It’s a sunny Saturday afternoon. I’m with Justin and Emily and Justin’s best friend, Heidi. We’ve gone out to breakfast, seen a puppet show, and now we’re lounging around a friend’s front yard. Emily has stripped off all her clothes, as usual. “I’m nakey!” she yells in delight, taking off down the street, buck-naked, running away and looking back and laughing. I chase after her, good-naturedly, scooping her up and delighting in her two-ness.
When it’s time for us to go (after much negotiation and several warnings), none of the kids want to leave. They start chanting in unison, “No go! NO GO!” Finally, I manage to convince Justin and Heidi to head home with a promise that they can wash my car. I try to get underwear and a shirt on Emily, and realize quickly that pressing the issue will mean physically forcing the clothes on her body. I worry about the carseat chafing her skin, but decide to pick my battles and let this one go.

We head to the car. When I open the driver’s door, Emily climbs in, settles in the driver’s seat, and pretends to drive. I tell her it’s time for us to go, and now is the time she can jump into her carseat herself. She shakes her head, a definitive “No!” and grips the steering wheel tighter.

This has become one of the great unpleasant routines of my life; Emily resists the carseat (despite numerous ploys on my part, including compassion, humor and bribery), I get mad and have to force her in. It’s the part of the day I dread most, especially with the number of comings and goings in our lives.

I gather my energy around me, the relaxing warmth of the afternoon fading away. I give her another minute to play in the front seat, then tell her, “Emily if you want to do it yourself, now is the time.”

“Not yet!” is her reply. This, and “No way!” have been her favorite phrases lately. I sigh and say, “Emily, if you don’t do it yourself, I’m going to have to help you.” In this case, “help” is a euphemism. When I have to “help” Emily into the carseat, it’s more like pressing a rigid, unyielding board into a place it doesn’t want to go. I try to avoid this at all costs, because it’s miserable for both of us.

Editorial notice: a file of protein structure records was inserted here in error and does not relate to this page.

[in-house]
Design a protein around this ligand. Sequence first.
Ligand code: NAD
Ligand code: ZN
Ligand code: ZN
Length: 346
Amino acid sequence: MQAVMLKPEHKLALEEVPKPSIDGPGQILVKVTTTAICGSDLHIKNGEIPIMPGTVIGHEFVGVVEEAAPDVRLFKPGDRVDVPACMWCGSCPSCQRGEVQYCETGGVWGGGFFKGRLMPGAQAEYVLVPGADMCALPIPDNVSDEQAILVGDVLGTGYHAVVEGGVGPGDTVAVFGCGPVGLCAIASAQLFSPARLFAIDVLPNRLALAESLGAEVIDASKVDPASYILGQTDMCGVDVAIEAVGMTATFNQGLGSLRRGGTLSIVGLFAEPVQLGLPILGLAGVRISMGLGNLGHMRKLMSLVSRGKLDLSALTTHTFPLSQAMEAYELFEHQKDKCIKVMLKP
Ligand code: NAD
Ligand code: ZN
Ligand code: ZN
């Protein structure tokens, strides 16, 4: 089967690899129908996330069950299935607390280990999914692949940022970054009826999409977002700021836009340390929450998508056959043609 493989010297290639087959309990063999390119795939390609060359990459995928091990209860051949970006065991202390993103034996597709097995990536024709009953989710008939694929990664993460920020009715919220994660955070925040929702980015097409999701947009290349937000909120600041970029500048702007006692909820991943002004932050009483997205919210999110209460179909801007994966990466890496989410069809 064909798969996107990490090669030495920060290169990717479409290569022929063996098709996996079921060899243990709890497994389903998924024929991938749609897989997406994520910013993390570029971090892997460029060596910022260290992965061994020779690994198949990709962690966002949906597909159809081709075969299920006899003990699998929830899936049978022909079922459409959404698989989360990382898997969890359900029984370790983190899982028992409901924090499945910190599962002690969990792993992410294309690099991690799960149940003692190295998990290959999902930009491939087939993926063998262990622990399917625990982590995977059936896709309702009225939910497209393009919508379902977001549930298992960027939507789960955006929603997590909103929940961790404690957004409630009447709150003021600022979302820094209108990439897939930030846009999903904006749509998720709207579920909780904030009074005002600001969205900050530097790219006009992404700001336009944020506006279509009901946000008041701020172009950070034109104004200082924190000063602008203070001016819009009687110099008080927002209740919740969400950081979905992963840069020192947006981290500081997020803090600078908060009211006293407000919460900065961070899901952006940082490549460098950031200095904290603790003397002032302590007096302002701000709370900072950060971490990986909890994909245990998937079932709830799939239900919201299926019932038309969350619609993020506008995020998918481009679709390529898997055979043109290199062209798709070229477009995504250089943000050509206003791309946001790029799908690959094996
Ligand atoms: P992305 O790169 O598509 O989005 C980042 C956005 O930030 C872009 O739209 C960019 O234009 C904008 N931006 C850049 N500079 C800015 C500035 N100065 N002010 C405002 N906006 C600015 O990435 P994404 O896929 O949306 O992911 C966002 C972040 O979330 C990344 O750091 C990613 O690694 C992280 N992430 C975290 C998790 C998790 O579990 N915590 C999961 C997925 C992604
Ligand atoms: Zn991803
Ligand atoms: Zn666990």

As a last resort, I try our little carseat song: “Put your bottom in your seat or I’ll have to pull your feet.” It’s a charming little ditty, and it used to work. Now, Emily ignores it completely.

At this point, Justin and Heidi, who have buckled themselves into their seatbelts, chime in. They’re impatient and want to get going. “Emily, we’re going to count to three. Ooooooone…Twooooooo..THREE!” They’re young and enthusiastic, and I hope, convincing. Nothing happens. Peer pressure has failed.

Finally, I resign myself to the struggle ahead. I say, “Emily, it’s time for us to go. You need to be in your carseat to be safe. So I’m going to put you in your carseat now.” She screams, “Not yet!” and stiffens up her entire body. Every cell is resisting me.

I lift her up bodily and press her into her seat. Her resistance is fierce, her strength beyond what any reasonable two-year-old ought to have. I am using all the physical force I have, and I’m not sure I’m going to be able to bend her body enough to buckle her into the carseat. She is rigid and screaming, “No way! I want to do it myself!” I release the pressure of my hands and say, “Okay, Emily, if you want to do it yourself, this is your last chance.” She tries to slide out of the carseat instead. I realize we have reached the point of no return.

I tell her, “Emily, I’m going to buckle your carseat now.” I press down again, using even more strength, and finally the buckle snaps in place. I apologize to her for having to force her, and we head home, Emily wailing in fury and outrage all the way.